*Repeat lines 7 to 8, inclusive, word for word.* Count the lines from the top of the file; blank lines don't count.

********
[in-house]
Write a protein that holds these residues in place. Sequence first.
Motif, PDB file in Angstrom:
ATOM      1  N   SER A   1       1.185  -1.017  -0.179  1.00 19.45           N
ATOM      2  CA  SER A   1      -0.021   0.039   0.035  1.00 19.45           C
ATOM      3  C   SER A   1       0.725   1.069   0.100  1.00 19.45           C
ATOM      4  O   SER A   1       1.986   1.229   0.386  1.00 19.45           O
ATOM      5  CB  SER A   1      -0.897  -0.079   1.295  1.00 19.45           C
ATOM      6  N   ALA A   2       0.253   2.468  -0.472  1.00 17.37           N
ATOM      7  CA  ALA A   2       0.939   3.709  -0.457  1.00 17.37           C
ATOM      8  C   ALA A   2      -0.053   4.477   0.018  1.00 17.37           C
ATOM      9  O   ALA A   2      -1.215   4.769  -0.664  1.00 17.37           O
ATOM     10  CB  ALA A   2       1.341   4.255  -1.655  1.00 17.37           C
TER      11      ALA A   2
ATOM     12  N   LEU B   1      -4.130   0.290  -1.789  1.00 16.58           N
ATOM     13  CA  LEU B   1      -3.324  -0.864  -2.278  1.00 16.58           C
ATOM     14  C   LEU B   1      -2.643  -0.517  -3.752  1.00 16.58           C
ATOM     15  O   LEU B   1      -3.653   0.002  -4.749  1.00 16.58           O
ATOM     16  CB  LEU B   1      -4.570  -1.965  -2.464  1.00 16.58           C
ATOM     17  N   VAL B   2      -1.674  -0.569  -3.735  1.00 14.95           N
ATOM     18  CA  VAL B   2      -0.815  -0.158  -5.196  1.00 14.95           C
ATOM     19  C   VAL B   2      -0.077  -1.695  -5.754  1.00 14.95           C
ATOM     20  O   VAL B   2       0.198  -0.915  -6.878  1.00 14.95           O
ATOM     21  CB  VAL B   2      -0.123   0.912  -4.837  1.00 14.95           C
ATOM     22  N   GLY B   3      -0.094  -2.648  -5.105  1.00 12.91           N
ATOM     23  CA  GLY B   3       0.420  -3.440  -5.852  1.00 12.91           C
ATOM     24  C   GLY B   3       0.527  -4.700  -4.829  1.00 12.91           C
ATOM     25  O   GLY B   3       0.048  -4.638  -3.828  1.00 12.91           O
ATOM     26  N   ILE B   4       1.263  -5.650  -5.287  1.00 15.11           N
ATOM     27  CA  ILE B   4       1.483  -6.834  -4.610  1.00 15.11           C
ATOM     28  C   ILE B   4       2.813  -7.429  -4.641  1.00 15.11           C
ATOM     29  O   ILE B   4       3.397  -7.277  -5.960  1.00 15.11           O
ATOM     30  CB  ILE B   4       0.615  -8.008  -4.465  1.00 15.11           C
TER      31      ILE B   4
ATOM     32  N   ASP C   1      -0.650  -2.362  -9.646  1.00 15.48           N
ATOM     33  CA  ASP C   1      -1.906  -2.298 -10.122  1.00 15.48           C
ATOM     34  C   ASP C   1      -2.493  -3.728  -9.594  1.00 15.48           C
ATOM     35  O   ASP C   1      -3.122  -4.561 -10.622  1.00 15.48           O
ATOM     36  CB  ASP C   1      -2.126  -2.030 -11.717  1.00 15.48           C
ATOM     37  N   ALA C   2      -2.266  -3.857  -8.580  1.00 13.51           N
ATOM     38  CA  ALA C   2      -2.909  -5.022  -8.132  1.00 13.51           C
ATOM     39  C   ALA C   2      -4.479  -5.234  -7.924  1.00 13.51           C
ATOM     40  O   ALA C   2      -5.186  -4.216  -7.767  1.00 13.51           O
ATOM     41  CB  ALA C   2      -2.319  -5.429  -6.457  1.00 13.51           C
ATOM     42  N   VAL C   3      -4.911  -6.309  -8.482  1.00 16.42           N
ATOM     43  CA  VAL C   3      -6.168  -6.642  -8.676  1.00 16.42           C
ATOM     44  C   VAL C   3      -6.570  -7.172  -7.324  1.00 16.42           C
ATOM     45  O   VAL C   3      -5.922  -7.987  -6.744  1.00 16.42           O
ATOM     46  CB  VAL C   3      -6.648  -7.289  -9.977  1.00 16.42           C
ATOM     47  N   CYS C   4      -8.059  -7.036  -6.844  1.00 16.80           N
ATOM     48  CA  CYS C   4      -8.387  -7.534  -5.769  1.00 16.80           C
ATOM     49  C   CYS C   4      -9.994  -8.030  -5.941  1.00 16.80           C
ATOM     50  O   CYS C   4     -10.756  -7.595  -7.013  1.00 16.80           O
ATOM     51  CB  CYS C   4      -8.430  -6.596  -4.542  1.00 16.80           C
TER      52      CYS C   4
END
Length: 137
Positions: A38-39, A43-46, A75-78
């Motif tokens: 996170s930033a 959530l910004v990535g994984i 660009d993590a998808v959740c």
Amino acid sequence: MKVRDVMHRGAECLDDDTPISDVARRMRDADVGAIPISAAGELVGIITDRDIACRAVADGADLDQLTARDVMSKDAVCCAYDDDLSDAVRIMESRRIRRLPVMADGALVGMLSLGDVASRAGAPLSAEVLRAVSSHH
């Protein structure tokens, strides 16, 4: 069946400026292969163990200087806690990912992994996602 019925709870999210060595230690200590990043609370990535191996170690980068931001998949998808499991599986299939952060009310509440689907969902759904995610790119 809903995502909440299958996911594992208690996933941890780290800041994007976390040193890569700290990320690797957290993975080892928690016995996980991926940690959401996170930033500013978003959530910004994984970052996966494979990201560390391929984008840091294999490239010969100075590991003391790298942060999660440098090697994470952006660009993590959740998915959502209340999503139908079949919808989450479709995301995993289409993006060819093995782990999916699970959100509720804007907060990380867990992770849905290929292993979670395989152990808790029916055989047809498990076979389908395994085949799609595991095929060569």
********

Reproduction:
ATOM      4  O   SER A   1       1.986   1.229   0.386  1.00 19.45           O
ATOM      5  CB  SER A   1      -0.897  -0.079   1.295  1.00 19.45           C